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Lecturer: Mathew Thomson

Normative medicine had important implications for thinking about the nation. This is particularly evident in the growing interest in eugenics in the first half of the twentieth century. Nowhere has this attracted more attention than in the case of Nazi medicine. This lecture and seminar consider what we can learn from this episode. It also sets it within the context of broader international appeal of eugenics in the period.

Discussion/Essay Questions:

  • Account for the appeal of eugenics in first half of the twentieth century.
  • Was the role of eugenics in Nazi Germany exceptional?
  • What lessons can be drawn from the history of eugenics?

Required Reading:

Frank Dikotter, Race Culture: Recent Perspectives on the History of Eugenics', American Historical Review, 103 (1998), 467-78. [e-journal]

Donald MacKenzie, 'Eugenics in Britain', Social Studies of Science, 6 (1976), 499-532 [e-journal]

Daniel Wikler, 'Can we Learn from Eugenics?', Journal of Medical Ethics, 25 (1999), 183-94 [e-journal]

Further Reading:

Mark Adams (ed.), The Wellborn Science: Eugenics in Germany, France, Brazil and Russia (Oxford, 1990)

Alison Bashford and Philippa Levine (eds.), Oxford Handbook of the History of Eugenics (Oxford University Press, 2012)

Michael Burleigh, Death and Deliverance: ‘Euthanasia’ in Germany, 1900-1945 (Cambridge, 1994)

Michael Burleigh and Wolfgang Wipperman, The Racial State: Germany 1933-1945 (Cambridge, 1991).

Ian Dowbiggin, Keeping America Sane: Psychiatry and Eugenics in the United States and Canada, 188o-1940 (1997)

Randell Hansen and Desmond King, ‘Eugenic Ideas, Political Interests, and Policy Variance: Immigration and Sterilization Policy in Britain and the U.S.’, World Politics, 53, (2001), pp. 237-263. e-journal

Daniel Kevles, In the Name of Eugenics (New York, 1985)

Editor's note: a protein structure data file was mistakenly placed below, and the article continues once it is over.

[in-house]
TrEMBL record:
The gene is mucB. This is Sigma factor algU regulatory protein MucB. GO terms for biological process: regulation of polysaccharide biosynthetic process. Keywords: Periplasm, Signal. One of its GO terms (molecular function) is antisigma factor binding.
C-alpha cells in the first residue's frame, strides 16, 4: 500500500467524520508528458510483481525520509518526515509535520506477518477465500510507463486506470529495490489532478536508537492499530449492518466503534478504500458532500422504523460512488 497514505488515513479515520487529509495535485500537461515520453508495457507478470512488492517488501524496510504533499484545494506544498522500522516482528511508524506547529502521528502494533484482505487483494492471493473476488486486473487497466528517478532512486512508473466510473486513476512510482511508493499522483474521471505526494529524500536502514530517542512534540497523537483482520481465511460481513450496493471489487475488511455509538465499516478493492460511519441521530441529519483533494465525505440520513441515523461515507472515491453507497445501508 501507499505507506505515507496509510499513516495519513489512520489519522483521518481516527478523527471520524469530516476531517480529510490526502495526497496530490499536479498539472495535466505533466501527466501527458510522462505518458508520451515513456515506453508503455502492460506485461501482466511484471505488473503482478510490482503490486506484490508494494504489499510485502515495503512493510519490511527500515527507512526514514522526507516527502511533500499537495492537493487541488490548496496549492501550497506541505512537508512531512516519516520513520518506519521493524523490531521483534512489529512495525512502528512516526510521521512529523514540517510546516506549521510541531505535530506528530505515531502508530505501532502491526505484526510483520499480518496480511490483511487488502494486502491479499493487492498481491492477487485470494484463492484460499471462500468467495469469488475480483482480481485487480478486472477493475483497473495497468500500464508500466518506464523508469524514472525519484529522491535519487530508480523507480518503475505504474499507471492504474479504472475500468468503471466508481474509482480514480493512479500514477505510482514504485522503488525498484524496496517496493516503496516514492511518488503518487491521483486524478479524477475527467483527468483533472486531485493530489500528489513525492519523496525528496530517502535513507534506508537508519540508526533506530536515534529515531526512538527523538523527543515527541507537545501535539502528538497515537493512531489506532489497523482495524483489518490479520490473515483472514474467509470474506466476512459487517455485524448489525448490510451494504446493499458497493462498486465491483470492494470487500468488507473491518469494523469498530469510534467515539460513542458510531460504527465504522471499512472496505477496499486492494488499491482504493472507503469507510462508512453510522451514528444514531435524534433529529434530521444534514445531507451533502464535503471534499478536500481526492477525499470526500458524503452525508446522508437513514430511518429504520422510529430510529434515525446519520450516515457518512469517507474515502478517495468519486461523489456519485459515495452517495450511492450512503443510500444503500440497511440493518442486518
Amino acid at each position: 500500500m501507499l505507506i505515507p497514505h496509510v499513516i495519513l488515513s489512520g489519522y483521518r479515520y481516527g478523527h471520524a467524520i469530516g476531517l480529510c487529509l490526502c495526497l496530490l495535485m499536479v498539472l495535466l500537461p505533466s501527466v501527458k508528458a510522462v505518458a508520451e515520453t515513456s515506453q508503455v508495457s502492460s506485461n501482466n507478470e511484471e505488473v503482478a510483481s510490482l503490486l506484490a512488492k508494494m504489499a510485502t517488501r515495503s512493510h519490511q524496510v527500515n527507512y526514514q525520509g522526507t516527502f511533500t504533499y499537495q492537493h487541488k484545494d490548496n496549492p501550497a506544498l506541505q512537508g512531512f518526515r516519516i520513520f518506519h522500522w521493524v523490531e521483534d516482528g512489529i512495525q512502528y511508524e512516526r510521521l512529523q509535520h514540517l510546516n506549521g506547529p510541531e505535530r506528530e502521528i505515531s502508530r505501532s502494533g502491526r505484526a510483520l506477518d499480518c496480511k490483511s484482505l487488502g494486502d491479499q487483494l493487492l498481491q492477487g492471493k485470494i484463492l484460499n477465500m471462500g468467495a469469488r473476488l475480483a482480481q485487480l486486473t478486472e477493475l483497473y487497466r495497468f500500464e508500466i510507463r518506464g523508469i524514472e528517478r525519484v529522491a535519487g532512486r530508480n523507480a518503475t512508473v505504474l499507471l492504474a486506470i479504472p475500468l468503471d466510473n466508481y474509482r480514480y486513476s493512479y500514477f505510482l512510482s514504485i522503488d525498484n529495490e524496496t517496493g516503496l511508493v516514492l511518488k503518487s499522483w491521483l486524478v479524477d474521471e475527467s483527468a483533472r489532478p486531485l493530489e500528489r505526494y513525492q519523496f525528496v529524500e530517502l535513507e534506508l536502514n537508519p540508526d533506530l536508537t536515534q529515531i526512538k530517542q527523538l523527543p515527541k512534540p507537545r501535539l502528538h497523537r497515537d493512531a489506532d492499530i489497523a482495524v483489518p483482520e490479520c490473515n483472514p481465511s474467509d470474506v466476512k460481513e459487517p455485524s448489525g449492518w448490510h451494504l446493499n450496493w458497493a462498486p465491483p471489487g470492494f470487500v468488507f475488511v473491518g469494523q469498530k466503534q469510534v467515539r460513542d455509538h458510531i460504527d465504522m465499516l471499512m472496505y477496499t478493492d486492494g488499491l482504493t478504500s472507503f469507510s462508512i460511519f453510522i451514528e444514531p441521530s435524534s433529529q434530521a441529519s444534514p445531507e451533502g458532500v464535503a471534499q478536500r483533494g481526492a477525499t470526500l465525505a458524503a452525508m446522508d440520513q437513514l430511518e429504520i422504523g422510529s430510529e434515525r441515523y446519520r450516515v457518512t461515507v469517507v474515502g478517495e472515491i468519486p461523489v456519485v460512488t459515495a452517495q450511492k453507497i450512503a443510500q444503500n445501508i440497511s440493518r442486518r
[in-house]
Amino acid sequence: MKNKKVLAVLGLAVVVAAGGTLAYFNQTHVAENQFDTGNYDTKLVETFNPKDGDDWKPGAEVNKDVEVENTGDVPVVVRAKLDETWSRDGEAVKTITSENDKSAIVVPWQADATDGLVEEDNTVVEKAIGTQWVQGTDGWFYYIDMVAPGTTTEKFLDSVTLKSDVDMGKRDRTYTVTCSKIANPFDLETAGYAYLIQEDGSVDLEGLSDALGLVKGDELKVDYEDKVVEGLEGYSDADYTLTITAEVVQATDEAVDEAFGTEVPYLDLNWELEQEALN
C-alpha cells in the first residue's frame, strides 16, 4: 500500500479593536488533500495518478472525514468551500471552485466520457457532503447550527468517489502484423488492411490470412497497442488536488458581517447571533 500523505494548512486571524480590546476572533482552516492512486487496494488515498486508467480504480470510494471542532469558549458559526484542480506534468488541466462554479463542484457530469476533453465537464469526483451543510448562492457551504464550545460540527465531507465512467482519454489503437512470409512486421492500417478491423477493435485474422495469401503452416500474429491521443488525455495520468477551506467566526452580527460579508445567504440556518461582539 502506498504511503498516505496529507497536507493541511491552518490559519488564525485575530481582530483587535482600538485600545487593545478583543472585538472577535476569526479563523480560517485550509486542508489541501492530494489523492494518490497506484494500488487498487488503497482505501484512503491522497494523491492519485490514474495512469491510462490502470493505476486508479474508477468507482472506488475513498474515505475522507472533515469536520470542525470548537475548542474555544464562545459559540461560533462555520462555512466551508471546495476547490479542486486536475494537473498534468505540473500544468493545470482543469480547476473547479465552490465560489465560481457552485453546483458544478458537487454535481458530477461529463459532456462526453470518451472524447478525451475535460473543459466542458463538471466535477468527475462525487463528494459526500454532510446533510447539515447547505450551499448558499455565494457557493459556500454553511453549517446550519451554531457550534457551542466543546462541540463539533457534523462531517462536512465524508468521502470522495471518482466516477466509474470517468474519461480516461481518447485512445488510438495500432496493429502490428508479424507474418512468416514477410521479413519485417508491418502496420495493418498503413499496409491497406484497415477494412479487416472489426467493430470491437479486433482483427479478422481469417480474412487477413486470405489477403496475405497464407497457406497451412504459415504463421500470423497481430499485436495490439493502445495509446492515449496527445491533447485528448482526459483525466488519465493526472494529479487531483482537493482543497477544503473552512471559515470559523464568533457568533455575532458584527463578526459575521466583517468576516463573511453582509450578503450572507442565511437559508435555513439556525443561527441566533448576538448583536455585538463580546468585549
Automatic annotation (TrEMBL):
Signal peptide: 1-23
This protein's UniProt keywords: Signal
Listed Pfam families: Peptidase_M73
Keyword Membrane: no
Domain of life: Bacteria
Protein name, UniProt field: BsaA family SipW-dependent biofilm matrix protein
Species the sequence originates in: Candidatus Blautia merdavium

Stefan Kuhl, The Nazi Connection: Eugenics, American Racism and German National Socialism (New York, 1994)

Stefan Kuhl, For the Betterment of the Race (2013)

Edward J. Larson, Sex, Race and Science: Eugenics in the Deep South (1995)

John Macnicol, ‘Eugenics and the Campaign for Voluntary Sterilization in Britain between the Wars’, Social History of Medicine, 2 (1989), 147-69 e-journal

Pauline Mazumdar, Eugenics, Human Genetics and Human Failings: The Eugenics Society, its Sources, and its Critics in Britain (London, 1992)

Diane Paul, ‘Eugenics and the Left’, Journal of the History of Ideas, 45 (1984), 567-90 e-journal

William Schneider, Quality and Quantity: The Quest for Biological Regeneration in Twentieth-Century France (Cambridge, 1990)

Richard Soloway, Demography and Degeneration: Eugenics and the Declining Birthrate in Twentieth Century Britain (1995.

Nancy Leys Stepan, 'The Hour of Eugenics': Race, Gender and Nation in Latin America (1996)

Mathew Thomson, The Problem of Mental Deficiency: Eugenics, Democracy and Social Policy in Britain, 1870-1959 (Oxford, 1998)

Paul Weindling, Health, Race and German Politics between National Unification and Nazism, 1870-1945 (Cambridge, 1993)

Digital Resources: [note that to access resources less than 100 years old, you will need a Wellcome Library Card, available to all via the Wellcome Library, 183 Euston Road, London NW1 2NB (for full privileges) or register online here (for access to digitized materials less than 100 years old): ] Note that this resource also hosts 650 digitized books addressing issues in the history of modern genetics, including eugenics. So if you can’t find it in our Library, try here!